Sunday 28 April 2024

Arctic Terns: Ultra Migrants!

Monday dawned drizzly, with low cloud and a light southeasterly wind. It looked like a good day for birding, with this kind of weather conducive for dumping overland-migrating birds at inland locations. I was stuck in the office all day, and when the messages started pinging through of flocks of Arctic Terns dropping in across the York area, I couldn't help but feeling quite gripped! Sandwich Terns, Common Scoters, Grey Plovers and a Little Gull added to my torment, but I enjoyed the collective excitement, albeit vicariously. With a brief break for lunch, I grabbed my bins and cycled down to Dringhouses Pond. This could easily pull in a wayward group of terns; in fact, I saw two storm-blown juveniles here in late October last year, but sadly nothing was doing besides a few bored-looking Tufted Ducks and the resident pair of Great Crested Grebes.

The ace up my sleeve was that I'd arranged to go birding straight from work, so when 5pm came, I cycled furiously home, hoping that the continuing cool, overcast conditions were still favourable for some movement to be happening. 

And so it proved. I arrived into an empty hide at North Duffield Carrs and immediately spotted the elegant white forms of Arctic Terns dipping and swerving across the flood water. Excellent! An image I had day-dreamed of for hours was now here to be savoured. Seventeen birds in all, a good count for York, but surpassed by larger counts earlier in the day. Five Common Scoters flew past by field of view, three adult males, a female and a first-summer male, before landing on the flood; a large flock of Black-tailed Godwits wickered as they fed along the bund in front of the hide, together with a black-bellied Dunlin. This was fabulous April birding! The Black-tails constant calling attracted other birds in and the count rose to 130 before many headed north up the valley. 

Top: Arctic Terrns, pausing for a rest; bottom: Common Scoters and Arctic Terns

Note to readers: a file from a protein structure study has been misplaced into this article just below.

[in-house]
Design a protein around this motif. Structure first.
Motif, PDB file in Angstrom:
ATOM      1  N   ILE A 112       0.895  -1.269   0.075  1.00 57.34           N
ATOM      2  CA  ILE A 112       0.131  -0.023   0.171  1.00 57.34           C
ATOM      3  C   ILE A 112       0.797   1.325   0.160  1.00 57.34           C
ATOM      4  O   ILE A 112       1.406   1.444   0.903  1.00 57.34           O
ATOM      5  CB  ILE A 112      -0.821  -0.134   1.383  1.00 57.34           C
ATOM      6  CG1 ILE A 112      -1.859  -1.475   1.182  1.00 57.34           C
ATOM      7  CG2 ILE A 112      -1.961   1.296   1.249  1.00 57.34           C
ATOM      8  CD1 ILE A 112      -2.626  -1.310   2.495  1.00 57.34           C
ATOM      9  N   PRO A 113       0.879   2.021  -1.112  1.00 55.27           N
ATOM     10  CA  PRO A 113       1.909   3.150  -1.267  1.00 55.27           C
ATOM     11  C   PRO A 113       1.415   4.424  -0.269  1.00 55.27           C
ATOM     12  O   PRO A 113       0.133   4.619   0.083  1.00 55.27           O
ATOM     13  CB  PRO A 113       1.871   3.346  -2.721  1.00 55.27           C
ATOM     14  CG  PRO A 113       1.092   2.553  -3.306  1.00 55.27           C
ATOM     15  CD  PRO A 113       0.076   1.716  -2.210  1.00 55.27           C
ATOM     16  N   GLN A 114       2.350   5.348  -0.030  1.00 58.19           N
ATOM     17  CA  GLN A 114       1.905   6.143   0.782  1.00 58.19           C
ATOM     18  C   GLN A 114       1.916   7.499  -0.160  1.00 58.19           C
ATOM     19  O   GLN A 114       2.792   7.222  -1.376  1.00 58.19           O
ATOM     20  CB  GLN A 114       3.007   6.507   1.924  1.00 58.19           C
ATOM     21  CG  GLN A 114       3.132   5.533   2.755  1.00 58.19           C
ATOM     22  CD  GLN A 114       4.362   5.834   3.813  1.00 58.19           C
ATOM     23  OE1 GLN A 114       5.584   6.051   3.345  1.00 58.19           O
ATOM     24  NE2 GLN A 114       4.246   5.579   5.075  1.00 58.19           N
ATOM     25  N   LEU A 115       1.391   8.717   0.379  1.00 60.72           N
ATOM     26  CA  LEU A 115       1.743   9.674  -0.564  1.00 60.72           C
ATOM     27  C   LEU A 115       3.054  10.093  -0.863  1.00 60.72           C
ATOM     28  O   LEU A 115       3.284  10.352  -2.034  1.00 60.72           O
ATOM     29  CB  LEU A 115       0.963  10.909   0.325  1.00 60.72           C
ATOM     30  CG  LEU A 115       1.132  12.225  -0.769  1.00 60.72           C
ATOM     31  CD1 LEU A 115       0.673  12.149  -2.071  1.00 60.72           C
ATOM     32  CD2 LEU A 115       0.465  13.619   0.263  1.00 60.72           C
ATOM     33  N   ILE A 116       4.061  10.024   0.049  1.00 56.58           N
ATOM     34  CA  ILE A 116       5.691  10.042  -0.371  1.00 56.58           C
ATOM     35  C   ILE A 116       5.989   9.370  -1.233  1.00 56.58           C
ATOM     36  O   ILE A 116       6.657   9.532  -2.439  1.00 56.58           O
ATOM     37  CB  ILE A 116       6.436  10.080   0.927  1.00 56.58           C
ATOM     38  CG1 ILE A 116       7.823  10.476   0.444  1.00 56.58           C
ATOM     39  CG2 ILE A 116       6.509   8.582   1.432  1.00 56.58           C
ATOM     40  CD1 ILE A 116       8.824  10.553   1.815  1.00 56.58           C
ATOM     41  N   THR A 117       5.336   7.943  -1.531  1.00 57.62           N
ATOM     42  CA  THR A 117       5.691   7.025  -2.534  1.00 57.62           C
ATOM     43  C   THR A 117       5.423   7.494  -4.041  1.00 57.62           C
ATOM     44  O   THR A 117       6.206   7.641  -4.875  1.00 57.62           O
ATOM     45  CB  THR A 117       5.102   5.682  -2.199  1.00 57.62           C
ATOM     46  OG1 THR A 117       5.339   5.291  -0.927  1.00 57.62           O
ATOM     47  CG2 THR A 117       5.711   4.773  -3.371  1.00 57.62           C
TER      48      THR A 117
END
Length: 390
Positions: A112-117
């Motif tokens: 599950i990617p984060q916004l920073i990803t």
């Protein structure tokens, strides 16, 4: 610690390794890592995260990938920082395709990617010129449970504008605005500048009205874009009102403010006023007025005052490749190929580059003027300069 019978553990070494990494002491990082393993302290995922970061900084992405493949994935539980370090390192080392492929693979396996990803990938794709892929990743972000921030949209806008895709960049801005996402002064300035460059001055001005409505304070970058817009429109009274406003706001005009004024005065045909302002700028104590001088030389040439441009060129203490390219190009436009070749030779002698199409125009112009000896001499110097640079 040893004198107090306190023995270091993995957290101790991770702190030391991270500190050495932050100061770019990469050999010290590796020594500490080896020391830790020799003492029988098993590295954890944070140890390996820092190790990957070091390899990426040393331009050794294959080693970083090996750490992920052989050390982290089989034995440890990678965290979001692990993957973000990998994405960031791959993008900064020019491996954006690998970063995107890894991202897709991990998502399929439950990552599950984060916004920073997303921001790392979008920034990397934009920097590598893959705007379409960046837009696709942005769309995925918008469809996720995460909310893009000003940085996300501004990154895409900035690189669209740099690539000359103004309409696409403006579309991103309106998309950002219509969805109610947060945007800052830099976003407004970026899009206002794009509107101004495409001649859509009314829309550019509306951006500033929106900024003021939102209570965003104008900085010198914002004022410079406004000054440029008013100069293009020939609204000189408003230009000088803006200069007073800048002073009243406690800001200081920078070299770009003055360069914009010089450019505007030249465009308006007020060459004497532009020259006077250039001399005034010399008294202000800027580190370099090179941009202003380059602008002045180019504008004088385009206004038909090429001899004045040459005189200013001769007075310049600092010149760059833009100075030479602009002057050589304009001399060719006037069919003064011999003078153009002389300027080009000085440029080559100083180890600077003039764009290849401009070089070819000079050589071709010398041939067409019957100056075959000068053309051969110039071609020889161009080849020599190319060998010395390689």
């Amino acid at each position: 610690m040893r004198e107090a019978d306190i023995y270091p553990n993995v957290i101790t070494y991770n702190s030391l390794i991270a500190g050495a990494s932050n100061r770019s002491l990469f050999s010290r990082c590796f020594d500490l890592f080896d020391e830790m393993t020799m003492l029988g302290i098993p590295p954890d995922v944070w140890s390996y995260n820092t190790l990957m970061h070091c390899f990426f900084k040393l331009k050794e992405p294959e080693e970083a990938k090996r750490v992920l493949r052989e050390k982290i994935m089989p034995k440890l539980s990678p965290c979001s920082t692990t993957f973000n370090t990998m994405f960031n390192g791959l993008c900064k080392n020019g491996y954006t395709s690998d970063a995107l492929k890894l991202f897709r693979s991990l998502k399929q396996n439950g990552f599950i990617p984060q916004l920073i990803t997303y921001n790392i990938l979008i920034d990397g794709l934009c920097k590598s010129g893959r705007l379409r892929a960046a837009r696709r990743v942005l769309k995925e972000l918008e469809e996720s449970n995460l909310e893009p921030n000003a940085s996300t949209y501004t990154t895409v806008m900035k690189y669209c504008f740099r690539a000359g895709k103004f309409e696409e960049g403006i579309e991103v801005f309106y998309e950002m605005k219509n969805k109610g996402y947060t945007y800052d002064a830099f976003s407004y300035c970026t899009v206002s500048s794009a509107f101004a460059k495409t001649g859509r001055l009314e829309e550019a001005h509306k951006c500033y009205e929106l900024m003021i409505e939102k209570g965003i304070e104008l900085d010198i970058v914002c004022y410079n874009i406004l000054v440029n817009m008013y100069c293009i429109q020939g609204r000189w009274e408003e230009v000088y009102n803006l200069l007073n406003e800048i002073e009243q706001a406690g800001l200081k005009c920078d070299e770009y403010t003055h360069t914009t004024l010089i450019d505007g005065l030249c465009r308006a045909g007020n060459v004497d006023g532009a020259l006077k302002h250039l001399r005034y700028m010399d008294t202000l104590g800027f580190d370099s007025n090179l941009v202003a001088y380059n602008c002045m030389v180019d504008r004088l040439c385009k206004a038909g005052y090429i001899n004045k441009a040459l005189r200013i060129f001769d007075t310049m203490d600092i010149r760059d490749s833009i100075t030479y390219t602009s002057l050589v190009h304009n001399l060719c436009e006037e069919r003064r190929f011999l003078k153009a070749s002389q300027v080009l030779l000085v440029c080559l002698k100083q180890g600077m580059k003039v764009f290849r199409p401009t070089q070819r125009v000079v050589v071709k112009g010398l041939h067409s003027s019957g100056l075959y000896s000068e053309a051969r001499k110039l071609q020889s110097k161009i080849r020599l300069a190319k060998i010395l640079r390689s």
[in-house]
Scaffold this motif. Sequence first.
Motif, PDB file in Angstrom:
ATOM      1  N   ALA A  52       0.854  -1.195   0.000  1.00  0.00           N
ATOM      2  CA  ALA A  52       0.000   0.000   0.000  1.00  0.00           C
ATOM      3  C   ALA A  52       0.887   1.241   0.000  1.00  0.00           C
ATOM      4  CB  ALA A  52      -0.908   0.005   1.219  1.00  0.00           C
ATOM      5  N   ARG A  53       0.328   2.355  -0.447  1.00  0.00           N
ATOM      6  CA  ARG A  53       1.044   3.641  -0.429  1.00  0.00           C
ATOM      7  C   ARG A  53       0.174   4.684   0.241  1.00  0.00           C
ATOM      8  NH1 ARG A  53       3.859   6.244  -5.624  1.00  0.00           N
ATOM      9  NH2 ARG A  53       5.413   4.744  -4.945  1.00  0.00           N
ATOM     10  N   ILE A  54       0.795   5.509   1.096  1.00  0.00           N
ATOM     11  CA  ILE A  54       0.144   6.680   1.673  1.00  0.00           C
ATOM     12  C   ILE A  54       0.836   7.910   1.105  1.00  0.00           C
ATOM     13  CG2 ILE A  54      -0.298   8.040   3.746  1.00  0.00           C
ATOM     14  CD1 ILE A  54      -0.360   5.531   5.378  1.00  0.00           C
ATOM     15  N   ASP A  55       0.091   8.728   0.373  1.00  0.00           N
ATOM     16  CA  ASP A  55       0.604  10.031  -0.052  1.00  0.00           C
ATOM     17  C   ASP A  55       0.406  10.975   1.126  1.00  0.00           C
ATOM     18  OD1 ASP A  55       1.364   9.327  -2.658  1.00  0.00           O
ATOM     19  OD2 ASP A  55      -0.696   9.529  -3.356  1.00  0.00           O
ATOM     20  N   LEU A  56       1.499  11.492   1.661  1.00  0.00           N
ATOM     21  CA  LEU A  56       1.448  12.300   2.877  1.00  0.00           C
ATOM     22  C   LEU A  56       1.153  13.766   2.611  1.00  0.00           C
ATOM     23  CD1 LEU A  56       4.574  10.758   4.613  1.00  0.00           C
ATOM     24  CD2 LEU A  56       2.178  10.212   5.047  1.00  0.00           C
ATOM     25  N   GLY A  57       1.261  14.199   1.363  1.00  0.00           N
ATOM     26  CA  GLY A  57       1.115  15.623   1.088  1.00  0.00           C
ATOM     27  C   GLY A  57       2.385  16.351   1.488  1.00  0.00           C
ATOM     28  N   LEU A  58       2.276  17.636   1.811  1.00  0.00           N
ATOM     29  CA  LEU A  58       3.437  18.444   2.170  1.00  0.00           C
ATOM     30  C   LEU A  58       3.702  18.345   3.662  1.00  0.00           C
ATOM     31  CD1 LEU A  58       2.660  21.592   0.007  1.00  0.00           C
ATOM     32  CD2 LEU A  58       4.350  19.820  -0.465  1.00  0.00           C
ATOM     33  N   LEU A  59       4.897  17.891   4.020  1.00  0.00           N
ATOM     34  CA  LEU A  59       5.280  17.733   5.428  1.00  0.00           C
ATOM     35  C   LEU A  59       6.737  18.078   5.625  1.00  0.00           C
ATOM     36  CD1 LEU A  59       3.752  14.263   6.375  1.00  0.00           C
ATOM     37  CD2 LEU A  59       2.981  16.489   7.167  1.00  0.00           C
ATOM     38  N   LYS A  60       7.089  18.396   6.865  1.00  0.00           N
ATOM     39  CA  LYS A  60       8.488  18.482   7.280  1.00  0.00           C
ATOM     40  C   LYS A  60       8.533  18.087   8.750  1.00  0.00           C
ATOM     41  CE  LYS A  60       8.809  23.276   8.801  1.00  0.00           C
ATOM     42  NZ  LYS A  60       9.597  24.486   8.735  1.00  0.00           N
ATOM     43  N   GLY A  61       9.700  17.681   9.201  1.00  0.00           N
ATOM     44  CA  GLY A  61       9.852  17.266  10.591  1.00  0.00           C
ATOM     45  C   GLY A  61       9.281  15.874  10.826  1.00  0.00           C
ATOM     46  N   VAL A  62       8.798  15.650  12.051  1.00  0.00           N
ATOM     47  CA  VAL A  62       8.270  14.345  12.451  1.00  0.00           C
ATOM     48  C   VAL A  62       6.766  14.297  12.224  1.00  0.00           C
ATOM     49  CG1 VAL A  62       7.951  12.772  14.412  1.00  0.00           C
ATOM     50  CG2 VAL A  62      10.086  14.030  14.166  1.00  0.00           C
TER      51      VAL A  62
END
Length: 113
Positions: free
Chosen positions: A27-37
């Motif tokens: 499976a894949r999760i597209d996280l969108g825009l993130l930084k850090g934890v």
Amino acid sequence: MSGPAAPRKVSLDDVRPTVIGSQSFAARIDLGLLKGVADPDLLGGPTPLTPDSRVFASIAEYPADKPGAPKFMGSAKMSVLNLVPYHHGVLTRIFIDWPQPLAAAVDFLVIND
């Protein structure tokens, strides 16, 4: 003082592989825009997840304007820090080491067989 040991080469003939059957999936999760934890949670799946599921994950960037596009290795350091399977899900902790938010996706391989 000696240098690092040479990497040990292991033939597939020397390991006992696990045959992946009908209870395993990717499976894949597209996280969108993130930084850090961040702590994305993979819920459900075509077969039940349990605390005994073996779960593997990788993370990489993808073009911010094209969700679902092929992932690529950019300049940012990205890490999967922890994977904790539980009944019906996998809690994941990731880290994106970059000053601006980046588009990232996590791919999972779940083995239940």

The Arctic Terns were spell-binding, elegant, angular birds, gracefully picking insects from the water surface, using their deeply-forked tails to turn sharply and dip down to the flood. It was hard not to be mesmerised by them and to keep vigilant for another species making an appearance.

The count of Arctic Terns rose to 40 as more birds arrived from the southwest, magically materialising out of the low cloud and joining the feeding throng. Over the next two hours, I counted the birds every ten minutes and I estimated a minimum of 57 birds had passed through, but the maximum could have been three times that. At 8pm, a flock of 14 peeled off from the rest, and I watched as they flocked together and then headed at a sharp angle straight up into the low cloud to the east and out of sight, to embark on the next leg of their epic journey north. The six remaining birds, resting on posts, followed suit a few minutes later, rocketing skywards, calling excitedly. Presumably above the clouds they could navigate to the coast more easily. 


Catching a big movement of Arctic Terns inland relies on a number of things lining up, not least the weather and time of year. Also, as far as York is concerned, we need late flooding (as we have this year),  to pull birds in for a rest. Usually by now, the floodplain meadows are more meadow and less flood, and with little habitat, terns pass through undetected. On Monday 22nd April, all these things aligned, and I was priveleged to witness the tale-end of this spectacular wildlife phenomenon.  In the York area, there were at least 240 birds logged at North Duffield during the day, with a further 70 at Castle Howard, and small numbers at Bank Island and Wheldrake Ings, which may have then passed through NDC later on. 

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